It is clear that homosexual behavior was only one item in a long list of Pauline shames; maybe the rest of you are 100% perfect, but I recognize one or two faults of my own in there. There is an argument to be made that in this letter, Paul was condemning not same-sex relationships per se, but wanton, unbridled lust – of all sorts. In either case, Paul’s point is that we are all in need of grace. Amen.

In another letter, Paul writes, “Do you not know that wrongdoers will not inherit the kingdom of God? Do not be deceived! Fornicators, idolaters, adulterers, male prostitutes, sodomites, thieves, the greedy, drunkards, revilers, robbers – none of these will inherit the kingdom of God. And this is what some of you used to be. But you were washed, you were sanctified, you were justified in the name of the Lord Jesus Christ and in the Spirit of our God” (1 Corinthians 6:9-11).

The word translated as “sodomite” comes from the Greek arsenokoitai. Unfortunately, it seems to be a word Paul made up, and its exact meaning has been lost. The most literal translation would be something like “abusers of men.” Again, Paul may have been condemning promiscuity and sexual exploitation rather than a specific orientation. But here’s his point, again: We are all saved by Christ.

Speaking of sodomites, the story of Sodom and Gomorrah from Genesis (they’re destroyed in chapter 19) is about cities full of all kinds of sinners – just before sulfur and fire rain down, wild-eyed men try to gang-rape visiting angels, and our hero, Lot, offers the angry mob his virgin daughters instead (a telling commentary on the relative worth of men and women in that culture). Those same daughters later get their father drunk so they can become impregnated by him. There’s nothing in this awful story that any sane person is going to defend.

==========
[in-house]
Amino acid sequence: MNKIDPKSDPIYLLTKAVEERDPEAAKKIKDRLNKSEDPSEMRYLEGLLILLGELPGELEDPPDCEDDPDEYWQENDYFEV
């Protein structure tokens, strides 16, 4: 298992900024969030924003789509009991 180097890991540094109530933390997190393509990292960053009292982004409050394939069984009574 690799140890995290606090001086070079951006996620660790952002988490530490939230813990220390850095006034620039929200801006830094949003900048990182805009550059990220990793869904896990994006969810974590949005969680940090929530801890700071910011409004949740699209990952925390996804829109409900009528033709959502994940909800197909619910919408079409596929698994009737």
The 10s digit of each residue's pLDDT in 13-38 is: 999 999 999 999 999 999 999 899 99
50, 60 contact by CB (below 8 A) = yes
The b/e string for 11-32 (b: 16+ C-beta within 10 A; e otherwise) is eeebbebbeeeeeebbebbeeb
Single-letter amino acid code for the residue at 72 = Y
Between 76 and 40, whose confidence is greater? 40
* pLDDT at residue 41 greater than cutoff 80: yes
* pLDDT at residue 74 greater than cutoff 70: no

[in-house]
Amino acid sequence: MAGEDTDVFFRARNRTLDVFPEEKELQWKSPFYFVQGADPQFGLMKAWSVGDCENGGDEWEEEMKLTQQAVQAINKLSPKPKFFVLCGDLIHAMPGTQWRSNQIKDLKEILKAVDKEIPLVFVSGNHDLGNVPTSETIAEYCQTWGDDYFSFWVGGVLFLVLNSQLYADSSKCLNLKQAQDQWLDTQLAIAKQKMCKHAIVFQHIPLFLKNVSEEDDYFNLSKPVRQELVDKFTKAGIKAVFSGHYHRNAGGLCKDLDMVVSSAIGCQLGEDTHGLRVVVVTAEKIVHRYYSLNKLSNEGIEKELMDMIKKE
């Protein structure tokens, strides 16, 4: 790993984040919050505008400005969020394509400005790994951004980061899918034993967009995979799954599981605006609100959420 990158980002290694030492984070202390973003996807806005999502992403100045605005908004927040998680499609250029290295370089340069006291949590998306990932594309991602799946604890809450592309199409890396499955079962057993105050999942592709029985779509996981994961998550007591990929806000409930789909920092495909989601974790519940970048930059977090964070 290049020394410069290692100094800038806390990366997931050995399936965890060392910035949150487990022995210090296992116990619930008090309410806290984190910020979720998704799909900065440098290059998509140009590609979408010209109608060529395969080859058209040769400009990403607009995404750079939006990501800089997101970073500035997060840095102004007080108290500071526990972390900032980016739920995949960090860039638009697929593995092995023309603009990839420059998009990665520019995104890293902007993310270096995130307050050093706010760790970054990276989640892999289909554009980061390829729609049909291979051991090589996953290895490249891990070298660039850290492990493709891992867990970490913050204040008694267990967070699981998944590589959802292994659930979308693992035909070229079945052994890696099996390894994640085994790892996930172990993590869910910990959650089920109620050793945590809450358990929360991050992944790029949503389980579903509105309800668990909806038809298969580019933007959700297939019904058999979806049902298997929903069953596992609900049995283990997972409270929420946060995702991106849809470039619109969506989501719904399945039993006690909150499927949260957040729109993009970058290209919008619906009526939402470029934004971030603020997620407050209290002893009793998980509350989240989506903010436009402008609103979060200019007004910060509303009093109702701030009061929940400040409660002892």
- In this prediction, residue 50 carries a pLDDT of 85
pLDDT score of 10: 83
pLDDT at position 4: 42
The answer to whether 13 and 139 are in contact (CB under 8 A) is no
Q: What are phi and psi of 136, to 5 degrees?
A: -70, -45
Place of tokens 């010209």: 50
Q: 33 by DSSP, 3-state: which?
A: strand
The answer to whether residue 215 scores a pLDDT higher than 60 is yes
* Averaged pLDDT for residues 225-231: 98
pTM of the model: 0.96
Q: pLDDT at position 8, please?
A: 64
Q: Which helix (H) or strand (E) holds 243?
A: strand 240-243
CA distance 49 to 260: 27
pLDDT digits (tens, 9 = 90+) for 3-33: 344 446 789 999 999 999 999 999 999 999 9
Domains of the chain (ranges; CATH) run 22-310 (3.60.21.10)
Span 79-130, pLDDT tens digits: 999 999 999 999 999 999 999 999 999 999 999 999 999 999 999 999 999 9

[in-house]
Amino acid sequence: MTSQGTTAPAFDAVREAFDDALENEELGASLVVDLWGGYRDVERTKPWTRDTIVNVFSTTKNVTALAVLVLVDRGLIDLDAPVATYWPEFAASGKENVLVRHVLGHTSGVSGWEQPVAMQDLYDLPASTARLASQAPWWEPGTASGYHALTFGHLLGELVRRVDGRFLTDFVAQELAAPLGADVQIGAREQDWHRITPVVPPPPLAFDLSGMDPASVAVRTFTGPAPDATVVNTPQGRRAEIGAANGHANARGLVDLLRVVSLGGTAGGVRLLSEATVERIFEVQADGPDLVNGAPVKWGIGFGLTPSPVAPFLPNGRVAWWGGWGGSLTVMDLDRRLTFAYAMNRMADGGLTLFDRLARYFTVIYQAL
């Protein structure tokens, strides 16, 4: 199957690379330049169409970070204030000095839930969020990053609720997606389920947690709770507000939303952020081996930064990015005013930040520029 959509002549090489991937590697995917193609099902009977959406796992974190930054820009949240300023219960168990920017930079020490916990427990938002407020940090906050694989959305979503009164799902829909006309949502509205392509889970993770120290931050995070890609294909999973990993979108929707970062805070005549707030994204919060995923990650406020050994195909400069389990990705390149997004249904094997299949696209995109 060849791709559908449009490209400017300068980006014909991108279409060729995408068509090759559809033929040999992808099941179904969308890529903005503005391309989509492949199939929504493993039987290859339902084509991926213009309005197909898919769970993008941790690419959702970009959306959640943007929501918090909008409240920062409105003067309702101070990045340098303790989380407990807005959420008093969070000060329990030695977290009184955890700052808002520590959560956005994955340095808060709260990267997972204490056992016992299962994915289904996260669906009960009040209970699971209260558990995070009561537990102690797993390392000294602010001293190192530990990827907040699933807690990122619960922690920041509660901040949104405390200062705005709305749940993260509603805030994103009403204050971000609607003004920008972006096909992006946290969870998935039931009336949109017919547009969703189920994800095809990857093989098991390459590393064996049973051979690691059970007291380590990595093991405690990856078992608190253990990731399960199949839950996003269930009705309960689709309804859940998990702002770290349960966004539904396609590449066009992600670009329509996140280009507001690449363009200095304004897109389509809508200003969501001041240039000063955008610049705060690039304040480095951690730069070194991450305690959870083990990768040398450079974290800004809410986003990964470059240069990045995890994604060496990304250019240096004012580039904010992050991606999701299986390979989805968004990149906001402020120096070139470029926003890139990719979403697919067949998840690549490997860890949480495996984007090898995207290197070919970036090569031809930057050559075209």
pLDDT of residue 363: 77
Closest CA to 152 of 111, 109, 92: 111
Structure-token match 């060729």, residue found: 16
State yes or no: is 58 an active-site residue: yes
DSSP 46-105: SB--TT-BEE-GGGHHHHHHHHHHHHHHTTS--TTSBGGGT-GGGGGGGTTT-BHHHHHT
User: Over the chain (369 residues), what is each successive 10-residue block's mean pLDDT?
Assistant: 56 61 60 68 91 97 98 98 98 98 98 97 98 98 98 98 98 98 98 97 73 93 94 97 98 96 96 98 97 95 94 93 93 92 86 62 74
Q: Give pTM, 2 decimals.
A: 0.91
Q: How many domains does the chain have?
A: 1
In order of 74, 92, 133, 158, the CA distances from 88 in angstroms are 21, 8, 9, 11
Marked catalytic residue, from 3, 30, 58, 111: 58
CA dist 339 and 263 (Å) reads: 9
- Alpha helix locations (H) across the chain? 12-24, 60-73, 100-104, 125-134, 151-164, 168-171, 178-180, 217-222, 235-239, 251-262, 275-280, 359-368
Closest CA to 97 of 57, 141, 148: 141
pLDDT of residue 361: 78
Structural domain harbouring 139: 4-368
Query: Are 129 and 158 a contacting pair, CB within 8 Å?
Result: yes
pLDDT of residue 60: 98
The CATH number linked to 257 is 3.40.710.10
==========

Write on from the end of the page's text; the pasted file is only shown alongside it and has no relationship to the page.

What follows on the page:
That’s it as far as condemnations go. So why has the Bible been used to damn homosexuals for so long? Perhaps for the same reasons that Holy Scripture has also been abused in history to oppress women, slaughter Jews, Indians, and Muslims, and enslave Africans. Thank God we learn (eventually).

Hate is a sad legacy for a book that tells us the greatest commandment is to love God with all our heart, soul, and mind, and to love our neighbors as ourselves.

Look, I don’t bother to keep the 300+ prohibitions of Hebraic law, and I’m not going to keep silent and veiled like Paul tells me to, but I try with everything I am and have to follow Christ. And friends, I’m not stoning anyone.

Not long ago, I, a woman, would have been burned at the stake for claiming to be called by God to preach the Word. But I know who I am. And if I err in understanding who my gay brothers and sisters are, may it always be on the side of generous love.




By The Rev. Lea Mathieu

Review & Commentary